Writing fiction requires a process. At some point in the throes of drafting, revising, and fine-tuning, as you struggle to see your way through the fog of potentialities of character and plot, you may gain a sense for your story’s essence: what it’s about, where it’s going. This essence – or we might say its “heart” – grasps something important, something universal about your protagonist’s lot, about the human condition…at least it had better, or why write the story in the first place?
Maybe you won’t know its essence until you finish the story. Maybe it will take writing the story to discover it. It won’t be a tidy little moral, unless you want to write didactic fiction (which, for most writers, isn’t recommended). Probably it’s more like a clearance in that fog – perhaps a partial illumination regarding your character’s overall arc, his or her coming to some sort of knowledge – something you as the writer now glimpse with more clarity. But it’s likely still a little hazy and indecipherable, because the best writing doesn’t reveal or tell all to either author or reader. Different readers will come away with different takes, different interpretations – within a reasonable range – and that’s good. That’s what you want.
But maybe that haze is still a little thicker than you’d like it to be, and you’re not quite sure how to identify your story’s soul. What do professional writers say about grasping this “heart” of a story or novel?
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Identifying the essence of your story or novel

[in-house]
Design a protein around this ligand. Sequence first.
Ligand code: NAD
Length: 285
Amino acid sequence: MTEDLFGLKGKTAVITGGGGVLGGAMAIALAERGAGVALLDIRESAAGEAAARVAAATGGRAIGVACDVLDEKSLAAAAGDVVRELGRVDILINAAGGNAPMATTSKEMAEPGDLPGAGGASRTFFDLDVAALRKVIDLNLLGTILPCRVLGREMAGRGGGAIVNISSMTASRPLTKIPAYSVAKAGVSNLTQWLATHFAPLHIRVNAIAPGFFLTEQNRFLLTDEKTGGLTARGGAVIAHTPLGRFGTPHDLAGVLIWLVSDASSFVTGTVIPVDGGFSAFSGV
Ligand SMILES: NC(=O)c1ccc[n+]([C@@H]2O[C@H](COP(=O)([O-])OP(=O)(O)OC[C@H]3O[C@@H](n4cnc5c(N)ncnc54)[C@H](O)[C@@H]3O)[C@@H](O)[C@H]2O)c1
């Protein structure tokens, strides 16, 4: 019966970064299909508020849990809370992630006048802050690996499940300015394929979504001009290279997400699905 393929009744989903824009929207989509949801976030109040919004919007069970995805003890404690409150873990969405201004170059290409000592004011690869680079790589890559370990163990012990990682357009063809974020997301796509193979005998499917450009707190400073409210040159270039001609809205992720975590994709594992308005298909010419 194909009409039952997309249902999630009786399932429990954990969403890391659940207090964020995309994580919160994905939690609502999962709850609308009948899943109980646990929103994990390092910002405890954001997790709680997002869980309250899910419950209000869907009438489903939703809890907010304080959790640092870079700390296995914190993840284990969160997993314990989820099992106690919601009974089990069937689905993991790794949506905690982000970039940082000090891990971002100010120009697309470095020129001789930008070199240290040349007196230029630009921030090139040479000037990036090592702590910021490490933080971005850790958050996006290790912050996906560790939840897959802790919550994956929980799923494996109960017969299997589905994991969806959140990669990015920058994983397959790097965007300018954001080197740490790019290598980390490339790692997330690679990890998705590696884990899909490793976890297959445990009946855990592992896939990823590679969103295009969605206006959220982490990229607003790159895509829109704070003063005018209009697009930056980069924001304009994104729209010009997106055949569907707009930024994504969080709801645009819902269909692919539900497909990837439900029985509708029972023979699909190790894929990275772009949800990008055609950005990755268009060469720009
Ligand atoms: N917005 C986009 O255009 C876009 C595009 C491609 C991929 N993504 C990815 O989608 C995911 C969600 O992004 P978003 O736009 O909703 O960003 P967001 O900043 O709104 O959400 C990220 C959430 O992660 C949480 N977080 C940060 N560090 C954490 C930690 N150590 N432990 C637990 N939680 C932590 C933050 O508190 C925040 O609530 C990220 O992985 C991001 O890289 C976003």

First, it should be noted that writers conceive of this matter of “aboutness” (to borrow a term from other disciplines) in different ways, in different terms. For some writers, the word heart isn’t the right term.
According to Peter Selgin, novelist, short story writer, and memoirist, it’s “too metaphorically and sentimentally loaded.” He prefers instead “thematic core or center.”
Lise Haines, author of the novels When We Disappear and Girl in the Arena, points out that “works of great fiction have at least two hearts to keep blood pumping in many directions.”
For Meg Howrey, author of the highly acclaimed novel The Wanderers and two other novels, spine is a better word. “The spine is the thing to which other things – like hearts, or metaphors, or plots – can attach,” she says.
Word choices aside, what does this key substance consist of?
For Peter Nichols, author of The Rocks and several other books of fiction, the unifying element – as with most literary writers – is character, not plot. “I am initially attracted to a situation around a character, or characters, which resonates with my own emotional experience. I see that person or people, but not clearly or completely,” he says.
Plot, for Nichols, comes out of character: “Often I have only the haziest idea of plot and may not discover the heart of a story until I’m well along in the writing of it. I find only by going where to go.”
For Haines, a plot-driven story lacks richness and complexity. When she asks her Emerson College students what a particular story is about, she hopes “to hear several different answers.” Receiving just one answer, says Haines, means “the story has fallen flat and that often means a plot-driven or idea-driven story that only had one lightweight purpose in mind. I’m intrigued by the kind of fiction that delivers meaning over time, even to the author.”